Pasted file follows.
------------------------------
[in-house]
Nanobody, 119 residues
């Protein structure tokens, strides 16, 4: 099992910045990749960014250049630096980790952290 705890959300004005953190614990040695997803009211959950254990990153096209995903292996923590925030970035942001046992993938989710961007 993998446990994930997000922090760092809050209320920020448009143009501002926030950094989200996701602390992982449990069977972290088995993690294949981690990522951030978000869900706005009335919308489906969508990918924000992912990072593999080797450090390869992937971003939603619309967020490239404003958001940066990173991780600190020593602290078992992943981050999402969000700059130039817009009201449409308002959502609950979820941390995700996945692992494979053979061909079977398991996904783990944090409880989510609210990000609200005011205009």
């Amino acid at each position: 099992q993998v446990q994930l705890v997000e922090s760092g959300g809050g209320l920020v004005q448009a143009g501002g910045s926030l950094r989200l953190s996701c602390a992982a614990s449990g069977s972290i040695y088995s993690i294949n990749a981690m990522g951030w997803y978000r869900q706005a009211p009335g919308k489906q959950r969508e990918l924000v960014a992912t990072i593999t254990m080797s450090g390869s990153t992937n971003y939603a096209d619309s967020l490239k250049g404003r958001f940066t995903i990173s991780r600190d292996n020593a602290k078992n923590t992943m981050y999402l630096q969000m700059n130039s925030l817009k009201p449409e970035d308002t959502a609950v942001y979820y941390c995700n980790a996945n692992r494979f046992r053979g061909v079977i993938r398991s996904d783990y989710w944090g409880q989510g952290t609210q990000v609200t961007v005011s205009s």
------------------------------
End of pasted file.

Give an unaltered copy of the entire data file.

[in-house]
Nanobody, 119 residues
């Protein structure tokens, strides 16, 4: 099992910045990749960014250049630096980790952290 705890959300004005953190614990040695997803009211959950254990990153096209995903292996923590925030970035942001046992993938989710961007 993998446990994930997000922090760092809050209320920020448009143009501002926030950094989200996701602390992982449990069977972290088995993690294949981690990522951030978000869900706005009335919308489906969508990918924000992912990072593999080797450090390869992937971003939603619309967020490239404003958001940066990173991780600190020593602290078992992943981050999402969000700059130039817009009201449409308002959502609950979820941390995700996945692992494979053979061909079977398991996904783990944090409880989510609210990000609200005011205009």
């Amino acid at each position: 099992q993998v446990q994930l705890v997000e922090s760092g959300g809050g209320l920020v004005q448009a143009g501002g910045s926030l950094r989200l953190s996701c602390a992982a614990s449990g069977s972290i040695y088995s993690i294949n990749a981690m990522g951030w997803y978000r869900q706005a009211p009335g919308k489906q959950r969508e990918l924000v960014a992912t990072i593999t254990m080797s450090g390869s990153t992937n971003y939603a096209d619309s967020l490239k250049g404003r958001f940066t995903i990173s991780r600190d292996n020593a602290k078992n923590t992943m981050y999402l630096q969000m700059n130039s925030l817009k009201p449409e970035d308002t959502a609950v942001y979820y941390c995700n980790a996945n692992r494979f046992r053979g061909v079977i993938r398991s996904d783990y989710w944090g409880q989510g952290t609210q990000v609200t961007v005011s205009s």